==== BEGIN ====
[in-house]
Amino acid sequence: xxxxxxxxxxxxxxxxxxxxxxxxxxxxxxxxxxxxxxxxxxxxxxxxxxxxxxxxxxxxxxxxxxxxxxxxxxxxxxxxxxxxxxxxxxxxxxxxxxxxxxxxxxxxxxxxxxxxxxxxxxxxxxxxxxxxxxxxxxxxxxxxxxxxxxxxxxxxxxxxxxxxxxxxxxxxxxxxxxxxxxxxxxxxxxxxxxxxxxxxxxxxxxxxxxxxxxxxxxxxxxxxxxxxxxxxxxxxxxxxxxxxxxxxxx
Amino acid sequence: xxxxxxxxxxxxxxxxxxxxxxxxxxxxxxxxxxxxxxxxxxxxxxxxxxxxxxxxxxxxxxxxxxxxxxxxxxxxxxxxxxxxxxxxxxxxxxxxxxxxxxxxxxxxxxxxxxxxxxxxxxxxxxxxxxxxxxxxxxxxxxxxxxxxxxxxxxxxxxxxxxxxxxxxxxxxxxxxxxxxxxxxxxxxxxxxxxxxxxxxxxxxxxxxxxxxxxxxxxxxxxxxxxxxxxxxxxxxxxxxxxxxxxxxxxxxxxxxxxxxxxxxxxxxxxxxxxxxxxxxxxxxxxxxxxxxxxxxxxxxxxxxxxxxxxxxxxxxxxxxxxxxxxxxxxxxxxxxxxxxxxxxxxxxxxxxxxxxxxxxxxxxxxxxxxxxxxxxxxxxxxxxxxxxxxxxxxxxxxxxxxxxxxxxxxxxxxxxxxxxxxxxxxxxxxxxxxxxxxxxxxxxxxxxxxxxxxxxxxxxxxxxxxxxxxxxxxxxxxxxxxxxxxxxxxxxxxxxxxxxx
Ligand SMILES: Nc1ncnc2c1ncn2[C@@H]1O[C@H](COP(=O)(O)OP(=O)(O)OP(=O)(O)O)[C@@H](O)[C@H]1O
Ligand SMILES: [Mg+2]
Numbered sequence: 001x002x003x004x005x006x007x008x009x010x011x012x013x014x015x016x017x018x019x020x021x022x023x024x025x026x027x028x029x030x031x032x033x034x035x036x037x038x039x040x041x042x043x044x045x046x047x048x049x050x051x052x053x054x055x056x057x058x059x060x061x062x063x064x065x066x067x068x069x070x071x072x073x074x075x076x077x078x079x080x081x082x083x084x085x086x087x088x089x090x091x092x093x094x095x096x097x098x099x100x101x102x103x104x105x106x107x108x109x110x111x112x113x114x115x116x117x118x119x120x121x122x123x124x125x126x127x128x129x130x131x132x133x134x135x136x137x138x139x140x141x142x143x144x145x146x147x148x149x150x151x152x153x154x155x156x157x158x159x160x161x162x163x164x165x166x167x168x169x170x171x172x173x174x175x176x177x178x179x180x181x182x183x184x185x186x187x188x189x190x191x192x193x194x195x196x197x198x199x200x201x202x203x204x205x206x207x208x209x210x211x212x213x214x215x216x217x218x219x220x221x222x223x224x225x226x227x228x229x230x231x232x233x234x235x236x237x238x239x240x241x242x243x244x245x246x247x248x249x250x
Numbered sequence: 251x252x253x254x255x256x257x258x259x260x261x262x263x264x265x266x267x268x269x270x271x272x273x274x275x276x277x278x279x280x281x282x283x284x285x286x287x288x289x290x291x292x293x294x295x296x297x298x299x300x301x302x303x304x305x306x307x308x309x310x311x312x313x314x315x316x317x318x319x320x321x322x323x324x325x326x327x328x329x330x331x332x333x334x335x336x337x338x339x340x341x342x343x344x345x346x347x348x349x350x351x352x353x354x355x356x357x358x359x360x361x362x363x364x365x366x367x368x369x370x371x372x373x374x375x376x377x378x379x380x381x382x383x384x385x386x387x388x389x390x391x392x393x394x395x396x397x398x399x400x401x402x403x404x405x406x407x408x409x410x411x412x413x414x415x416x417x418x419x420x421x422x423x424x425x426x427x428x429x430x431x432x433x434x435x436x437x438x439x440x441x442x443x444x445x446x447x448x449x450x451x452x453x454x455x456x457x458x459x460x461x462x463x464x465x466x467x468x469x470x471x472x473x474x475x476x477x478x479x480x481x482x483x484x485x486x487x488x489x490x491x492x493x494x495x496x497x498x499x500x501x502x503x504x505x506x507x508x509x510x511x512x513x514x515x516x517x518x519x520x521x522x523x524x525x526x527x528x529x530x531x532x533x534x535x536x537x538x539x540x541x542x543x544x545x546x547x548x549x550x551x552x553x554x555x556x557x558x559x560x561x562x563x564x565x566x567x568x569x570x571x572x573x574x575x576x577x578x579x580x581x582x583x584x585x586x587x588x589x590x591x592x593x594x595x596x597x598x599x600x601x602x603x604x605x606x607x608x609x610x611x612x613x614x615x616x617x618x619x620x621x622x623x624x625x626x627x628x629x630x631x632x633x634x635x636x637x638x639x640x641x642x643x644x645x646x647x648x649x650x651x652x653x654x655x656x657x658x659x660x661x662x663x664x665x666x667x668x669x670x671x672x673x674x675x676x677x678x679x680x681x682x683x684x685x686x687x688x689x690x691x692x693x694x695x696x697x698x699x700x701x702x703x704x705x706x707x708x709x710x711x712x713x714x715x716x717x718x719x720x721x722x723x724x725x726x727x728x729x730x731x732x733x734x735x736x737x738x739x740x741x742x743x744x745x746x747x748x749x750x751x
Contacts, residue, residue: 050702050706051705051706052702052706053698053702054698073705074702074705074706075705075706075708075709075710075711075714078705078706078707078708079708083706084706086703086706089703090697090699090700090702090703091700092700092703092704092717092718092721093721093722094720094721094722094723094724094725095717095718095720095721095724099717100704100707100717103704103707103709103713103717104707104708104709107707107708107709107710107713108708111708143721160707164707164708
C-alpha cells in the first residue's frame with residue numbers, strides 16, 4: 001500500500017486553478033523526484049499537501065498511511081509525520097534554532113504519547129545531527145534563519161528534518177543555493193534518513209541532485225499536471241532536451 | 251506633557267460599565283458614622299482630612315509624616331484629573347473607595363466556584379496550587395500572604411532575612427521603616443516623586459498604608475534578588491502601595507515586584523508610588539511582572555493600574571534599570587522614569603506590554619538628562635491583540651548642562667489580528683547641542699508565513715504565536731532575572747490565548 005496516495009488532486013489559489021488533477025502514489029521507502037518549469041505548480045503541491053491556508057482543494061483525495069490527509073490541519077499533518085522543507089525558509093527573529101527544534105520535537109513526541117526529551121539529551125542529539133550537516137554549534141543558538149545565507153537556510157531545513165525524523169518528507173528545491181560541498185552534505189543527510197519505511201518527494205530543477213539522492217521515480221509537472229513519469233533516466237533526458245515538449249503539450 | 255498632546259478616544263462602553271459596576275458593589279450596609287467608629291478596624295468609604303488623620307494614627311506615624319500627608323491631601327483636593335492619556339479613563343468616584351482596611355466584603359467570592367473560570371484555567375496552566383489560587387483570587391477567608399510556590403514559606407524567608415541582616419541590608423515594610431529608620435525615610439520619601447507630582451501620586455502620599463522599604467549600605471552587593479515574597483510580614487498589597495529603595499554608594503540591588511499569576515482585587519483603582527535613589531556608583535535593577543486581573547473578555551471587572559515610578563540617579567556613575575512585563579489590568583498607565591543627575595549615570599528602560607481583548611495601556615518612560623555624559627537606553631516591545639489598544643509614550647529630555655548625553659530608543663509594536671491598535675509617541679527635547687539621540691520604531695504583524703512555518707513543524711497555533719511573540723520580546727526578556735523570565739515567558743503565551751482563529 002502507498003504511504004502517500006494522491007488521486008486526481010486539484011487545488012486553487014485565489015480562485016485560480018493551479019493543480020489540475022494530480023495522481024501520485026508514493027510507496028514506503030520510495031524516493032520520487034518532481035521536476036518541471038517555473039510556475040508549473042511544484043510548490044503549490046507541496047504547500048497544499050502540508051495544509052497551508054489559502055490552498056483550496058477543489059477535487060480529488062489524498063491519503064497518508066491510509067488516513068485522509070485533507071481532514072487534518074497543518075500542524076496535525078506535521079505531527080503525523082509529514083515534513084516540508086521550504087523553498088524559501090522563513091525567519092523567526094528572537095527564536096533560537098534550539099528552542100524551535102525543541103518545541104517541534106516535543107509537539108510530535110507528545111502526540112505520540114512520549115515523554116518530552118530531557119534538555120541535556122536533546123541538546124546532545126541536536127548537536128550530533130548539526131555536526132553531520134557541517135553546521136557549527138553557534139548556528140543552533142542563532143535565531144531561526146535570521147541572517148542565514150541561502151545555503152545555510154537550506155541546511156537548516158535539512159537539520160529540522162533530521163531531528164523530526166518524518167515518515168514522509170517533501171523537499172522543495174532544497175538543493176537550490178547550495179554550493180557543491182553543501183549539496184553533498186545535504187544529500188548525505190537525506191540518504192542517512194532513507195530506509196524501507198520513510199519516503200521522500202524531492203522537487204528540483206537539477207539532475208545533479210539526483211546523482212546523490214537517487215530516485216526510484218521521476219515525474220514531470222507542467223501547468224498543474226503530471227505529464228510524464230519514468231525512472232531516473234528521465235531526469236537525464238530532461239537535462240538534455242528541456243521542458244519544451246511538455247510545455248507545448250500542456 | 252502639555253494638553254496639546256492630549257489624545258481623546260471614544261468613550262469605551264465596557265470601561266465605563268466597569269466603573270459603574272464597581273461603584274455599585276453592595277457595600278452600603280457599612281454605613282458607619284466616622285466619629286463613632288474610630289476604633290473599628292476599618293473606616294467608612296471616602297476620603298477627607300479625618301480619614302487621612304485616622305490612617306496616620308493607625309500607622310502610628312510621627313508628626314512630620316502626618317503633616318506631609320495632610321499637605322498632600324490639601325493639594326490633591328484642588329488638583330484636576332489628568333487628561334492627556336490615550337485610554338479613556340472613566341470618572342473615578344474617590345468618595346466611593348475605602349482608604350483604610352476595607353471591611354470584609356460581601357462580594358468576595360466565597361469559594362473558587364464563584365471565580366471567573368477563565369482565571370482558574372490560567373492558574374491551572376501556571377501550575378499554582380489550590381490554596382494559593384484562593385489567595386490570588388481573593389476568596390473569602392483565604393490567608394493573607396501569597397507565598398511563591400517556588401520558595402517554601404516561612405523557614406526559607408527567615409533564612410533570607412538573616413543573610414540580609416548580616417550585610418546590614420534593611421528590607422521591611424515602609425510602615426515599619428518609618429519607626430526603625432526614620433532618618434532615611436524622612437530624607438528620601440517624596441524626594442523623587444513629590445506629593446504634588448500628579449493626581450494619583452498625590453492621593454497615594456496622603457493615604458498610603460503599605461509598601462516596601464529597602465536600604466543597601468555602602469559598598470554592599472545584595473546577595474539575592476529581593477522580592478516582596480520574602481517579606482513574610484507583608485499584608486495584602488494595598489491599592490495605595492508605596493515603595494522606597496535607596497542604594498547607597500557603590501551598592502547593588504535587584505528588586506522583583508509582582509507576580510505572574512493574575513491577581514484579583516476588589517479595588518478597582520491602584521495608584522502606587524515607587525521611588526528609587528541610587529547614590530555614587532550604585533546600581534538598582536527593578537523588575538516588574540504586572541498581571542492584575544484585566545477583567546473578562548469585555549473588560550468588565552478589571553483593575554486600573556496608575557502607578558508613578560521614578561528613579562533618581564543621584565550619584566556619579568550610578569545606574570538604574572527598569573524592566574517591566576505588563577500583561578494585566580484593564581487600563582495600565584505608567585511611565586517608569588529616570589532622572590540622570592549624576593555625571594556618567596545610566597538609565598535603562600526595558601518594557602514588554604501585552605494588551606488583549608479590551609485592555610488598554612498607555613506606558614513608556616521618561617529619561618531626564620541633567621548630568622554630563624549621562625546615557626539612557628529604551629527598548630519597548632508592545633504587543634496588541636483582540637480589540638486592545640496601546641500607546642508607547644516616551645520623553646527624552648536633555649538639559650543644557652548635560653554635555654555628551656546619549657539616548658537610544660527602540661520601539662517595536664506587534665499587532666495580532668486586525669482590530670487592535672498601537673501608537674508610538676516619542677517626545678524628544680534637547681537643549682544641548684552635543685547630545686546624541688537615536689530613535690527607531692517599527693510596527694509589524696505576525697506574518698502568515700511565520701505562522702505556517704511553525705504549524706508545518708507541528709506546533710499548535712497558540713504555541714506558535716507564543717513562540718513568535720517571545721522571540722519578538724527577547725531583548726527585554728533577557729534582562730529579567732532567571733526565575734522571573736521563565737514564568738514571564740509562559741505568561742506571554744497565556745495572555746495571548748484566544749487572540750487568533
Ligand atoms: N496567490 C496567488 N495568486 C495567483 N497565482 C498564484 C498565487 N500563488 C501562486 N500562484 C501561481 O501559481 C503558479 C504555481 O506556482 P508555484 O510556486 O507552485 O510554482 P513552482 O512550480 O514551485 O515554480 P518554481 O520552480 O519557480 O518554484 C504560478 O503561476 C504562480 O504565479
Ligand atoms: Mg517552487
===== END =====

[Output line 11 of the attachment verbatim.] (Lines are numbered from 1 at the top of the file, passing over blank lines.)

Ligand atoms: Mg517552487